Q: How far in advance does ACAS data have to be submitted？
A: ACAS data should be transmitted prior to consolidation and loading the cargo on an aircraft. This timeline is required to enable risk assessment for each cargo shipment and to conduct the required screening. The sooner data are submitted to ACAS, the sooner screening or Do Not Load (DNL) determinations can be communicated to industry stakeholders, which minimizes the impact to operations.
Q: Are there penalties for incorrect or untimely ACAS data submission?
A: Yes, ACAS violations are subject to liquidated damages claims. However, CBP will be taking a common sense approach to enforcement, and will not generally be issuing liquidated damages claims for the first 12 months following the publication of the rule.
Q: Which government agencies have access to my organization’s ACAS data submissions?
A: CBP and TSA.
Q: What are the costs of participating in ACAS?
A: The government does not charge for ACAS participation. Organizations that use third-party service providers may find that those providers will charge for ACAS services.
Q: To what extent is the international community (for example, Border Action Plan, European Union, World Customs Organization) involved with ACAS, and how is the U.S. Government promoting uniformity of air cargo security programs globally?
A: A critical component to achieving a global solution to terrorism is international cooperation on data collection standards that promote a harmonized approach to international air cargo security. The United States sees ACAS as a model for the international community to effectively enhance air cargo security, and will continue to work with the World Customs Organization and the International Civil Aviation Organization as harmonization of air cargo security standards spread to all areas of the globe, further facilitating trade and enhancing security worldwide.
Q: What are the benefits of ACAS from a freight forwarder perspective?
A: While the benefits of ACAS participation vary between organizations, several advantages include:
Avoiding the reduced cut-off times that may result from carriers requesting earlier data submission from freight forwarders that are not ACAS filers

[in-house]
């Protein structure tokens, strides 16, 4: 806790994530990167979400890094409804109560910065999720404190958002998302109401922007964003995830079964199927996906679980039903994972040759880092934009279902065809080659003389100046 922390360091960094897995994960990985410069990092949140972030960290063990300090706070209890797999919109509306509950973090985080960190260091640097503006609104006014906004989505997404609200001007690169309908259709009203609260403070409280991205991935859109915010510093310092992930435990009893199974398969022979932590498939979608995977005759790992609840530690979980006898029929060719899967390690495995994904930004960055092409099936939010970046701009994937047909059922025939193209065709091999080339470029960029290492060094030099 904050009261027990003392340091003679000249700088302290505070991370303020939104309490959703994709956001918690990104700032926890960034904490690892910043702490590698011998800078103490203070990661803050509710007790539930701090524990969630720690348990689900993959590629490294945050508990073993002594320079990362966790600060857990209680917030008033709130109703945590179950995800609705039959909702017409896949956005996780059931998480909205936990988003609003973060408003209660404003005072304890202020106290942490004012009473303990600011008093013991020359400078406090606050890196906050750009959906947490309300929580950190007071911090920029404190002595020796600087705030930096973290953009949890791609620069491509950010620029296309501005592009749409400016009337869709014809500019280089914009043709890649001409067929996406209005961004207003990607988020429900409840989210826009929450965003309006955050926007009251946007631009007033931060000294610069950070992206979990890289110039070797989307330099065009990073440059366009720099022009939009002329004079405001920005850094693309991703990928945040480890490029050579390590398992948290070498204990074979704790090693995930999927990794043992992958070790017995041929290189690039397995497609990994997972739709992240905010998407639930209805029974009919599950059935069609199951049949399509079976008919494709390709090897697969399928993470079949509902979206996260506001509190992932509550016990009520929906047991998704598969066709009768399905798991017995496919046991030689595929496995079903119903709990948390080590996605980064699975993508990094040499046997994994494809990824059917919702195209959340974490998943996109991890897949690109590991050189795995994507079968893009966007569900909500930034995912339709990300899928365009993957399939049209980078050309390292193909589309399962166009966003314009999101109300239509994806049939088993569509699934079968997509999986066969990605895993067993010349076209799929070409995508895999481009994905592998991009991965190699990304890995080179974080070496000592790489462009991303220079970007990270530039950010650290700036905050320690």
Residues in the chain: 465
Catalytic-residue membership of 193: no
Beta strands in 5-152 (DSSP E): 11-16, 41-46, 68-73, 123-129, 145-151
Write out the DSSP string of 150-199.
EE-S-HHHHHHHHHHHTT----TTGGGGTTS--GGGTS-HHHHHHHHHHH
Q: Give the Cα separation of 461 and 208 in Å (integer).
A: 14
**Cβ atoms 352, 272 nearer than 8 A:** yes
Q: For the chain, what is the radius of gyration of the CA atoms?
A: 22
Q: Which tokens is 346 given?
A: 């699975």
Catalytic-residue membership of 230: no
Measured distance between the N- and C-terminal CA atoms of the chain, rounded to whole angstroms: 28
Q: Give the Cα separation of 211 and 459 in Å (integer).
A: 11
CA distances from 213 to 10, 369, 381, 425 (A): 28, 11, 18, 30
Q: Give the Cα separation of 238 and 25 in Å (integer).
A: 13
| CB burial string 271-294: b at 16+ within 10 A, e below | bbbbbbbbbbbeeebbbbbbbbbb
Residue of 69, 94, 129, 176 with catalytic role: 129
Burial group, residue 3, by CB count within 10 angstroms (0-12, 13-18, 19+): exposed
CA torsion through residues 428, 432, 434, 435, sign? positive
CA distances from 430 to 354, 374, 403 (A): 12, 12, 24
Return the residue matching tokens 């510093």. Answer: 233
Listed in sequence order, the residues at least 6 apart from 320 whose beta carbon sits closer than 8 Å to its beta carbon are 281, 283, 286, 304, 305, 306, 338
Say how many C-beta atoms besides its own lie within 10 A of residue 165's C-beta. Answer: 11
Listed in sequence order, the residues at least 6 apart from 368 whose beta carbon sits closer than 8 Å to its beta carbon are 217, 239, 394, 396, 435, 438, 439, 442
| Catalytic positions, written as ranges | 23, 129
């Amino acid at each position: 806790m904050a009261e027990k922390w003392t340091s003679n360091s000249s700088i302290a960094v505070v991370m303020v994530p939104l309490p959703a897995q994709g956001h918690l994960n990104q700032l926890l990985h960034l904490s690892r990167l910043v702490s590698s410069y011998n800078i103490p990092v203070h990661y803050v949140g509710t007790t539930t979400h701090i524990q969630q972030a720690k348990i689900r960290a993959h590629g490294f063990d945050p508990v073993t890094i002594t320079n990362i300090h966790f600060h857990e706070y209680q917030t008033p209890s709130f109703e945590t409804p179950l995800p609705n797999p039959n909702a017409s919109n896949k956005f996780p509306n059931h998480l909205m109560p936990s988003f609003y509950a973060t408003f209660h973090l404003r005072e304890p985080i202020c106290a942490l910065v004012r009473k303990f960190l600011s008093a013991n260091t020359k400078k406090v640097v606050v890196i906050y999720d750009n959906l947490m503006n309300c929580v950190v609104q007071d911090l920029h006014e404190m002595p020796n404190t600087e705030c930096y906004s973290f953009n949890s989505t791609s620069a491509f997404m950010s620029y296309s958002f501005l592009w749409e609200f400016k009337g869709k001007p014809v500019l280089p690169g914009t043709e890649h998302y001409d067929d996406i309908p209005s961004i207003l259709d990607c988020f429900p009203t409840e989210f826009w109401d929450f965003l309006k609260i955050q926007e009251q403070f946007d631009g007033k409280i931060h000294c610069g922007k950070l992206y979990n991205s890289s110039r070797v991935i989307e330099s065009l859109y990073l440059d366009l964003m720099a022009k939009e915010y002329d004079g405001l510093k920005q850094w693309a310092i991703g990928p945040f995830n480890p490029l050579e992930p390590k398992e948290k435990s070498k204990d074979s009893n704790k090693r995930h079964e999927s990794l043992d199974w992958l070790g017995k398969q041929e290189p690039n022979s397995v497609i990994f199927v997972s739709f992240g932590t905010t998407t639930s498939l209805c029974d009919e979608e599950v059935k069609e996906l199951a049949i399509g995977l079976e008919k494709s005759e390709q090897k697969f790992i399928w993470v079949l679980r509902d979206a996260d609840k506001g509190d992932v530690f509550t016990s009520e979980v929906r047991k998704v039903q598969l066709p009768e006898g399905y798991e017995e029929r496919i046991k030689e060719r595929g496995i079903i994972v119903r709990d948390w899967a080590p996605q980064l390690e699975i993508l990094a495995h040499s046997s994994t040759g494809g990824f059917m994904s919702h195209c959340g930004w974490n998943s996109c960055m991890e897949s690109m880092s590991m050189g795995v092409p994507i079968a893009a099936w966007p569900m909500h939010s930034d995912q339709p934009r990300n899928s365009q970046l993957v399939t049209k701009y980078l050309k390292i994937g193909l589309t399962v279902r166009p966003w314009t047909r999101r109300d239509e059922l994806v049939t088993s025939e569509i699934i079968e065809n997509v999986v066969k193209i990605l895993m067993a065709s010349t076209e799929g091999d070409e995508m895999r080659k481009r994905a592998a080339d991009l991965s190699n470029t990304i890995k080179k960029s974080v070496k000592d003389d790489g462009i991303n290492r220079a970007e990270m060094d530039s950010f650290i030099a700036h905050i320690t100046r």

Facilitating freight forwarder business operations by increasing consolidation lead-times through improved visibility into which shipments require enhanced screening
Increasing security by leveraging DHS threat data and other data to employ a risk-based approach through targeted screening
Q: How would it work for a freight forwarder if a shipment requires enhanced screening?
A: Should a shipment require enhanced screening, email or phone notification will be provided to the freight forwarder as soon as possible, in order to afford the freight forwarder an opportunity to segregate or screen the shipment under its National Cargo Screening Program (NCSP), or as an authorized representative of the carrier, as appropriate. Where a freight forwarder is not able to perform the enhanced screening, the forwarder should communicate the ACAS disposition of the cargo to the carrier, and the carrier will perform the screening.
Q: How does ACAS apply in countries that have NCSP recognition through TSA?
A: ACAS is required for air cargo supply chain participants in all countries, including those operating under an NCSP. Operating in an NCSP country does not exempt participants from ACAS requirements; the NCSP program simply allows approved air cargo supply chain participants to screen in accordance with that country’s domestic cargo screening regime.
Q: What do I do if my data transmission is rejected?
A: Correct the error and resubmit. If you are not able to determine the issue, please contact your Client Representative.
Q: Who do I contact if I have technical issues?
A: Please contact your Client Representative. If one has not yet been assigned, please send an email to
Q: What happens if there is a duplicate filing?
A: Subsequent filings are treated as updates by the ACAS system. Unlike the CAMIR, there is no need to distinguish between inbound messages (such as FRI) and change messages (such as FRC).